This obliging theory does not merely open up charming perspectives for Social-Democratic practice by elevating the fickleness of the parliamentary party, coupled with the Jesuitism of the Centre Party, to virtually a fundamental dogma of the Socialist International. It also inaugurates a completely new ‘revision’ of historical materialism compared with which all Bernstein’s former attempts appear as innocent child’s play. The proletarian tactics prior to and after the outbreak of the war are supposed to be based on different, indeed opposite, guiding principles. This presupposes that the social conditions, the foundations of our tactics, are also basically different in war than in peace. According to historical materialism as founded by Marx, all hitherto written history is the history of class struggles. According to Kautsky’s revised materialism, the words, ‘except in time of war’, must be added. Accordingly, social development, since for millennia it has been periodically interspersed with wars, take its course according to the following scheme: a period of class struggle, then a pause in which there is a merger of the classes and a national struggle, then again a period of class struggles, again a pause and class merger, and so forth, in this charming pattern. Each time the foundations of social life in peace-time are turned upside down by the outbreak of war and those in periods of war are inverted the moment peace is concluded. This, as one can see, is no longer a theory of social development ‘in catastrophes’, against which Kautsky once had to defend himself, this is a theory of development – in somersaults. According to this theory, society moves in somewhat the same manner as an iceberg driven by spring waters, which, when in base has melted away all side in the tepid stream, after a certain time does a nose dive, whereupon this cute gam periodically repeats itself.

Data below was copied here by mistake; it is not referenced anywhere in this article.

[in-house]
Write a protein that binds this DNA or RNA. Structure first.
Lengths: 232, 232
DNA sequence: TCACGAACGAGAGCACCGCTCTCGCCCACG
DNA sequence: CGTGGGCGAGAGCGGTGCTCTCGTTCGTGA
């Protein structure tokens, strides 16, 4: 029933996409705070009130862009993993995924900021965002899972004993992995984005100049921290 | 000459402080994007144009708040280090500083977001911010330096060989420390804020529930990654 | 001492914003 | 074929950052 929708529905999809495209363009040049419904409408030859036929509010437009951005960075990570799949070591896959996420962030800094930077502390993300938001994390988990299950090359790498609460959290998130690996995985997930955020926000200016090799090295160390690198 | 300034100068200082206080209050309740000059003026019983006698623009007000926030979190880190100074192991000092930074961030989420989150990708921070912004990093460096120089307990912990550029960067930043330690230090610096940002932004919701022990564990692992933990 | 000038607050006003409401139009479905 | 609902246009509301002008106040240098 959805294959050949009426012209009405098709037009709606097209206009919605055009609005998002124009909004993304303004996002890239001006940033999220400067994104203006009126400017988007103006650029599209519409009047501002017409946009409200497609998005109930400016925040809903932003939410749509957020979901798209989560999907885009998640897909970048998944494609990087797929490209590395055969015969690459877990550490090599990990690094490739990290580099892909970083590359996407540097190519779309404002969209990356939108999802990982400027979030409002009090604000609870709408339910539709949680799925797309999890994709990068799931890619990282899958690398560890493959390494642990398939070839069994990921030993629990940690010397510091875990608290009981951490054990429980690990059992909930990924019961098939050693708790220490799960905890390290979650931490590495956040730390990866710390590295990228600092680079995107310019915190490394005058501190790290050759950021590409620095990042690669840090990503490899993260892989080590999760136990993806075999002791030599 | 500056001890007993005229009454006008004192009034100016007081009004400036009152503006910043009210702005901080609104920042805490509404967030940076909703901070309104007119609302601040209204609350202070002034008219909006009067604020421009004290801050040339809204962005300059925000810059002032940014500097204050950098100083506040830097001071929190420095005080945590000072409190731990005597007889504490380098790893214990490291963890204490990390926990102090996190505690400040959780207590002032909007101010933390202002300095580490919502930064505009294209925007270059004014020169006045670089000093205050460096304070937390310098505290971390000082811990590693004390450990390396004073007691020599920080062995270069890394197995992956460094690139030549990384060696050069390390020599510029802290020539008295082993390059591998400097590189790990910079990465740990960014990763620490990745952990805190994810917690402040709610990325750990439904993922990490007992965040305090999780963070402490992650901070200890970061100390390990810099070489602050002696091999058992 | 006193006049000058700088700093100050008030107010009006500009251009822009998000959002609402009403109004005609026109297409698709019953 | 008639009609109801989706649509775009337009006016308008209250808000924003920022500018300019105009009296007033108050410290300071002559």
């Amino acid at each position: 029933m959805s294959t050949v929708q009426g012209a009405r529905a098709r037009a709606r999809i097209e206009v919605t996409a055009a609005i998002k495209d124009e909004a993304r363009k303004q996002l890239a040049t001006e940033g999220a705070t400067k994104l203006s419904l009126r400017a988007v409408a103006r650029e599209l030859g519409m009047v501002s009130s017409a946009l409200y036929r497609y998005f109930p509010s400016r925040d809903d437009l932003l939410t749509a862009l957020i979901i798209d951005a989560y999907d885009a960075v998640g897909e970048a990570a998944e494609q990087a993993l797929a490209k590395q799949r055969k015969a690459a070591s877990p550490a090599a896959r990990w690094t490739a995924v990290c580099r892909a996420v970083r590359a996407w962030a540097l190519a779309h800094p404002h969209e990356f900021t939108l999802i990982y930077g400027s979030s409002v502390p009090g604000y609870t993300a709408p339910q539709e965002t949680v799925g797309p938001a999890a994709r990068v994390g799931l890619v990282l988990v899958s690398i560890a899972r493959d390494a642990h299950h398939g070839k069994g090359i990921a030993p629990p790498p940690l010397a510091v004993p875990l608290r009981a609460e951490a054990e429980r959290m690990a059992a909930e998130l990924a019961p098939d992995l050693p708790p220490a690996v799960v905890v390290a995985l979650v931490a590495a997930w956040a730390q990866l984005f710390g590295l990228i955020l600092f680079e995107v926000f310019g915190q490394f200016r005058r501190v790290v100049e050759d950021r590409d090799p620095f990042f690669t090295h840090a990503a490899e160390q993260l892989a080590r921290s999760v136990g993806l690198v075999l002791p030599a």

Now this revised historical materialism crudely affronts all the hitherto accepted facts of history. This freshly constructed antithesis between war and class struggle neither explains nor demonstrates that constant dialectical transition from war into class struggle and from class struggle into war, which reveals their essential inner unity. So it was in the wars within medieval cities, in the wars of the Reformation, in the Dutch war of liberation, in the wars of the great French Revolution, in the American War of Secession, in the uprising of the Paris Commune, in the great Russian Revolution of 1905. And this is not all; even in purely abstract-theoretical terms, Kautsky’s theory of historical development completely wipes out the Marxist theory, as a moment’s reflection would make clear. For if, as Marx assumes, both the class struggle and war do not fall from the sky, but originate in deeply rooted economic and social causes, then the two cannot disappear periodically unless their causes vanish into thin air. Now the proletarian class struggle is only a necessary consequence of the economic exploitation and of the political class rule of the bourgeoisie. But during the war, economic exploitation does not diminish in the least; on the contrary, its impetus is increased immensely by the speculative mania which flourishes in the exuberant atmosphere of war and industry, and by the pressure of the political dictatorship on the worker. Neither is the political class rule of the bourgeoisie diminished in war-time; on the contrary, it is raised to a stark class dictatorship by the suspension of constitutional rights. Since the economic and political sources of the class struggle in society inevitably increase tenfold in war-time, how then can the class struggle cease to exist? Conversely, in the present historical periods, wars originate in the competitive interests of groups of capitalists and in capitalism’s need to expand. Both motives, however, are operative not only while the canons are roaring, but also during peace-time, which means that they prepare and make inevitable further outbreaks of war. War is indeed – as Kautsky is wont to quote from Clausewitz – only ‘the continuations of politics by other means’. And the imperialist phase of the rule of capitalism has indeed made peace illusory by actually declaring the dictatorship of militarism – war – to be permanent.